Saturday, July 4, 2009

Magicats edited by Jack Dann and Gardner Dozois

Eighteen tales of cats with magical prowess of some kind of other. Some of the stories were actually disappointing. I either didn't understand the story or didn't care about the story. There were a few that tugged at me and I really enjoyed them for the characters or the story line, "My Father, the Cat" and "The Witch's Cat" are the two that I enjoyed the most. A handful out of eighteen that are memorable and enjoyable and a handful that I couldn't even begin to figure out because they were so abstract… Hmm… but I guess everyone's taste is different…

"Space-Time for Springers" by Fritz Leiber. An intelligent kitten believes with every fiber of his being he's going to be a man, instead uses that gift to make a little bad girl good. Why couldn't this have been a Jerry Springer episode? It certainly had the elements.
"The Game of Cat and Dragon" by Gordwainer Smith. Telepathic humans and cats rid a ship of a psychic dragons.
"The Cat from Hell" by Stephen King. A hitman is hired to take out a cat, only the cat has other ideas. Definitely a story worthy of Stephen King, only why hasn't it been turned into a movie?
"Out of Place" by Pamela Sargent. People start hearing animals' thoughts and society goes down the toilet until the humans decide it's OK to kill off the "bad" animals.
"Schrodinger's Cat" by Ursula K. Le Guin. I don't even know what happened in this story nor will I ruin my poor, pained brain to try to figure it out, even trying to explain what I think happened is too painful.
"Groucho" by Ron Goulart. A script writer's partner dies, but he's got a way to bring him back. Kind of a funny story with a moral, leave the dead alone.
"My Father, the Cat" by Henry Slesar. What do you do when your father is a cat and you want to reveal the truth to your fiancee? Etienne thinks about telling the truth, but does father know best? Cute story.
"The Cat Man" by Byron Liggett. A man sets himself up on an island of paradise with cats which turns into an island of hell. I swear I've read this story before.
"Some are Born Cats" by Terry and Carol Carr. Cats and aliens? Who would've guessed.
"The Cat Lover" by Knox Burger. Odd story, didn't really care for it, but I think I read this one before, too.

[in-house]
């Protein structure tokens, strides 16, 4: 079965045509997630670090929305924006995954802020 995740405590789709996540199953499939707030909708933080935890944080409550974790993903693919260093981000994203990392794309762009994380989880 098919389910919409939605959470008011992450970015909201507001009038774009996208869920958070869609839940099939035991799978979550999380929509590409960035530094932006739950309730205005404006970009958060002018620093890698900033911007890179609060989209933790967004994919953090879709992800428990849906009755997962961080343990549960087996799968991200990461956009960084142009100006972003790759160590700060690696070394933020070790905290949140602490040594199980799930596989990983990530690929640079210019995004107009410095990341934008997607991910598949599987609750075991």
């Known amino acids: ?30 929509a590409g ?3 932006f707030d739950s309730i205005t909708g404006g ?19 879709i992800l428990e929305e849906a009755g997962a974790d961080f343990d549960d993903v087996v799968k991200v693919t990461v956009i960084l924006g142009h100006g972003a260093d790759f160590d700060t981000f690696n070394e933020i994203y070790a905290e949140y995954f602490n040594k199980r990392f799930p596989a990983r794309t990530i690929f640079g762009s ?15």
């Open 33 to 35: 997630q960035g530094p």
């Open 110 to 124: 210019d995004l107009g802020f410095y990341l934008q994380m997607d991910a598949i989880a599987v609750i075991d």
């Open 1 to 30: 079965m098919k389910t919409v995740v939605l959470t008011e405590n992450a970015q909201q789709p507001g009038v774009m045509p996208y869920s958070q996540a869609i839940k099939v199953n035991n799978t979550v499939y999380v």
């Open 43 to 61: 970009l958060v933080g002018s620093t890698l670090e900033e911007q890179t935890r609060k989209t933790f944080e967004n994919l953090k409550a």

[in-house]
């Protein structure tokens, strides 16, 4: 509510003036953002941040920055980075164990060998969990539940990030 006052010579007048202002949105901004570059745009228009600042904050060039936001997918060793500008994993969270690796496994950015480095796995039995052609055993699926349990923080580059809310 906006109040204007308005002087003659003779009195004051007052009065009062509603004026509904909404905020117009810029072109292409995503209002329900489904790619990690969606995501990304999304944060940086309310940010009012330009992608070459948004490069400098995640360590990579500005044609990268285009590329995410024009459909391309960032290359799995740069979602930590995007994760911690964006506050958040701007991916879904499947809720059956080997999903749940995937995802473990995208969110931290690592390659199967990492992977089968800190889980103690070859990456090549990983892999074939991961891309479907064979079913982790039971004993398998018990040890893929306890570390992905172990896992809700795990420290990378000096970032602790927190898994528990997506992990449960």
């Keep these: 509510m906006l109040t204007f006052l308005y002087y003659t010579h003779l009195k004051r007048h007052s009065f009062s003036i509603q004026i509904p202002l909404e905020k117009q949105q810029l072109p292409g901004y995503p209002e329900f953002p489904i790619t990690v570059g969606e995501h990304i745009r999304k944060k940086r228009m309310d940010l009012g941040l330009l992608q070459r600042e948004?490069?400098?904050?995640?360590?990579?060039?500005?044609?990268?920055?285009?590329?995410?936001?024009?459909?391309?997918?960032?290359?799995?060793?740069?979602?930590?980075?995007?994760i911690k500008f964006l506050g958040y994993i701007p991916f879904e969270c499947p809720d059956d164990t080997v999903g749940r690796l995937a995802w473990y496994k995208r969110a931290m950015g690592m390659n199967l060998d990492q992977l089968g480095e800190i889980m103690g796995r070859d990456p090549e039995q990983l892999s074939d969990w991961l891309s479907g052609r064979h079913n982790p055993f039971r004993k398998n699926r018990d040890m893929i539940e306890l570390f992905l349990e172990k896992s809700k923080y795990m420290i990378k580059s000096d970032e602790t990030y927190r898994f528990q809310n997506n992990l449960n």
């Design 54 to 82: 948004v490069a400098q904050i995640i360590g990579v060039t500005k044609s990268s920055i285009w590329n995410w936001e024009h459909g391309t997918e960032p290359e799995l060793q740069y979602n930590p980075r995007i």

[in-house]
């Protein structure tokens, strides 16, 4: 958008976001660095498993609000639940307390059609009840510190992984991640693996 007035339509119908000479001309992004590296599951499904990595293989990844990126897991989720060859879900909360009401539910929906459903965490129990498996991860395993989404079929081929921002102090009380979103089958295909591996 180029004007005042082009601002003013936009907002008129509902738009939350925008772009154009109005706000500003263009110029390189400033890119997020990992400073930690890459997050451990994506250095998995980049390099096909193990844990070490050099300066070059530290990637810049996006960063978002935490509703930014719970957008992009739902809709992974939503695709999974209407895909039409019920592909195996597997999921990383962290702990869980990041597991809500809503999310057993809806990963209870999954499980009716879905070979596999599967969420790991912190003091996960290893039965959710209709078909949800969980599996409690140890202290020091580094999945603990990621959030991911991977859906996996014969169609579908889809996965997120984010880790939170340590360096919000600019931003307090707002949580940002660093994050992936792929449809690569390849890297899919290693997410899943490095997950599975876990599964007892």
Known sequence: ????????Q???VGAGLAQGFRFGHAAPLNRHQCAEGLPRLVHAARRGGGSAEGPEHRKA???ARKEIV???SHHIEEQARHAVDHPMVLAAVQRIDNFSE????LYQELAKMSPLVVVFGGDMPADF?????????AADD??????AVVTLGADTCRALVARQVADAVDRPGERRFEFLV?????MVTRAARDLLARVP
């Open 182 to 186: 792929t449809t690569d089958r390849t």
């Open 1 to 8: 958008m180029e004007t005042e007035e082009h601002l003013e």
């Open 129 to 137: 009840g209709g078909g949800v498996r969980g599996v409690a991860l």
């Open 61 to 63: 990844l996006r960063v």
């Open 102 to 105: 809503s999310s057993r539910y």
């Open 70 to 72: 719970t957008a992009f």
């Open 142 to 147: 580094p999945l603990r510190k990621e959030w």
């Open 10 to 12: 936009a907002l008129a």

"Jade Blue" by Edward Bryant. Something about a catmother. The blurb before the story states the reader will know what a catmother is by reading the story; I still don't know what one is.
"Tom Cat" by Garry Jennings. A nephew tries to trick his dotty aunt and others into thinking he's Puffpuss so he can inherit six billion dollars. Confusing and not funny.
"Sonya, Crane Wessleman, and Kittee" by Gene Wolfe. A woman and a man meet and have dinner and then there's Kittee. I have no clue what this was about.
"The Witch's Cat" by Manly Wade Wellman. A cat reclaims a home to call his own, taken by an old witch. Very cute story.
"Antiquities" by John Crowley. Men are cheating on their wives with exotic women shortly after mummified kitties are used as fertilizers. Couldn't really follow this one.
"A Little Intelligence" by Robert Silverberg and Randall Garrett. A murder takes place in a convent and Sister Mary Magdalena solves the crime with the help of her cat. Not really pleased with this story, especially the treatment of the cat.
"The Cat" by Gene Wolfe. A spectral cat, I guess. No clue what this story was about.
"Afternoon at Schraftt's" by Gardner Dozois, Jack Dann, and Michael Swanwick. A wizard bets his familiar he can conjure money, but something goes horribly wrong. This was actually the story to end this anthology on.

4 comments:

hamilcar barca said...

it's completely off-topic but...

there's a new Sherlock Holmes movie in the works. it's scheduled to premiere this coming Christmas Day.

Lula O said...

Iron Man is supposed to play him I think, right?

Christina said...

Robert Downey Jr. supposed to play Sherlock, though I can't picture Jude Law as Watson, unless he's drastically changed...

Byron said...

Perhaps wikipedia could shed some light on the "Schrodinger's Cat" story in the novel. It's a pretty well known thought experiment in science fiction, and therefore right up Ursula Le Guin's alley. That might shed some light on what happens to the cat, to know the experiment the story is alluding to.

If you like cat stories, there is one by Tad Williams titled "Tailchaser's Song" that I have read a few times; you might enjoy it.